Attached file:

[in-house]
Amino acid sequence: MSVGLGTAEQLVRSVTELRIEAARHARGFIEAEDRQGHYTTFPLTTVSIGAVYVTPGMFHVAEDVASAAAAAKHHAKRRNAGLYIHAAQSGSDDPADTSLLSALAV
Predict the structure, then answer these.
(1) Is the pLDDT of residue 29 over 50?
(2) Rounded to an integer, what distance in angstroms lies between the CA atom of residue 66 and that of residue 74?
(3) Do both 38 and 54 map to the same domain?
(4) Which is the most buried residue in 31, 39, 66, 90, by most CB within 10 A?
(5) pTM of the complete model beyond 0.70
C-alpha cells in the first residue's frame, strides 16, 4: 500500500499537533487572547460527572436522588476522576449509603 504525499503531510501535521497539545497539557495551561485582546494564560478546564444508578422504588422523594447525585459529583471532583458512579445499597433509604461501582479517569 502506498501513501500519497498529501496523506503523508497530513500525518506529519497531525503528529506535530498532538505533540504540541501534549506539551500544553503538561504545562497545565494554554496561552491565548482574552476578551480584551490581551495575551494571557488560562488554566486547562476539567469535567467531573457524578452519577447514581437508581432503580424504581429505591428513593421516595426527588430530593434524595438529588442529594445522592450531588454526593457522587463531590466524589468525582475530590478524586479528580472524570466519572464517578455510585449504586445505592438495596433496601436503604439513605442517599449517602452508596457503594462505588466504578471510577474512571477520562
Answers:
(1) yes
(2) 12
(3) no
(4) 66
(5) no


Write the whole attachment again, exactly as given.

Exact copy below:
[in-house]
Amino acid sequence: MSVGLGTAEQLVRSVTELRIEAARHARGFIEAEDRQGHYTTFPLTTVSIGAVYVTPGMFHVAEDVASAAAAAKHHAKRRNAGLYIHAAQSGSDDPADTSLLSALAV
Predict the structure, then answer these.
(1) Is the pLDDT of residue 29 over 50?
(2) Rounded to an integer, what distance in angstroms lies between the CA atom of residue 66 and that of residue 74?
(3) Do both 38 and 54 map to the same domain?
(4) Which is the most buried residue in 31, 39, 66, 90, by most CB within 10 A?
(5) pTM of the complete model beyond 0.70
C-alpha cells in the first residue's frame, strides 16, 4: 500500500499537533487572547460527572436522588476522576449509603 504525499503531510501535521497539545497539557495551561485582546494564560478546564444508578422504588422523594447525585459529583471532583458512579445499597433509604461501582479517569 502506498501513501500519497498529501496523506503523508497530513500525518506529519497531525503528529506535530498532538505533540504540541501534549506539551500544553503538561504545562497545565494554554496561552491565548482574552476578551480584551490581551495575551494571557488560562488554566486547562476539567469535567467531573457524578452519577447514581437508581432503580424504581429505591428513593421516595426527588430530593434524595438529588442529594445522592450531588454526593457522587463531590466524589468525582475530590478524586479528580472524570466519572464517578455510585449504586445505592438495596433496601436503604439513605442517599449517602452508596457503594462505588466504578471510577474512571477520562
Answers:
(1) yes
(2) 12
(3) no
(4) 66
(5) no